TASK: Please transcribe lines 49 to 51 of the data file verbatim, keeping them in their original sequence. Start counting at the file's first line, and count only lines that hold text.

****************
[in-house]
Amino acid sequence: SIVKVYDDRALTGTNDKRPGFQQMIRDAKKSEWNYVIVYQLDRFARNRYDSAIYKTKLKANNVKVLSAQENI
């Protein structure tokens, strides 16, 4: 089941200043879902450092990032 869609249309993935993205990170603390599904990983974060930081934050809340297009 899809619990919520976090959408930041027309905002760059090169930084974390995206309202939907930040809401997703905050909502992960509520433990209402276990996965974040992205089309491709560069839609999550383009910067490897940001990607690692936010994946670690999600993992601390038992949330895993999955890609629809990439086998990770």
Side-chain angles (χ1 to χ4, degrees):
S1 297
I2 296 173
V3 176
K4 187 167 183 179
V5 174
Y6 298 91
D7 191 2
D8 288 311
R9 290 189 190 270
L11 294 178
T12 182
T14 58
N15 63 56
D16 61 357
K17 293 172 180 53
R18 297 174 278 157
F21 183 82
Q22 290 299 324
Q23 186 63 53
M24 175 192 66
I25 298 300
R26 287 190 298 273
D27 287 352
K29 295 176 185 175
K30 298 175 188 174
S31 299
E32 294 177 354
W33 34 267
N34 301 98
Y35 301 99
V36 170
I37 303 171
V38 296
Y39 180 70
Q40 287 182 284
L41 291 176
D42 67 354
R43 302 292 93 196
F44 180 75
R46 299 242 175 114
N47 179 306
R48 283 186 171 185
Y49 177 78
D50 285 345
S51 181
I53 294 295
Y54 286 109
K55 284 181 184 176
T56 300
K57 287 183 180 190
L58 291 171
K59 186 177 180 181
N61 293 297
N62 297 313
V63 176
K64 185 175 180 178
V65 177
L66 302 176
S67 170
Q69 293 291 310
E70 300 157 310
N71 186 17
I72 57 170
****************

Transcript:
S51 181
I53 294 295
Y54 286 109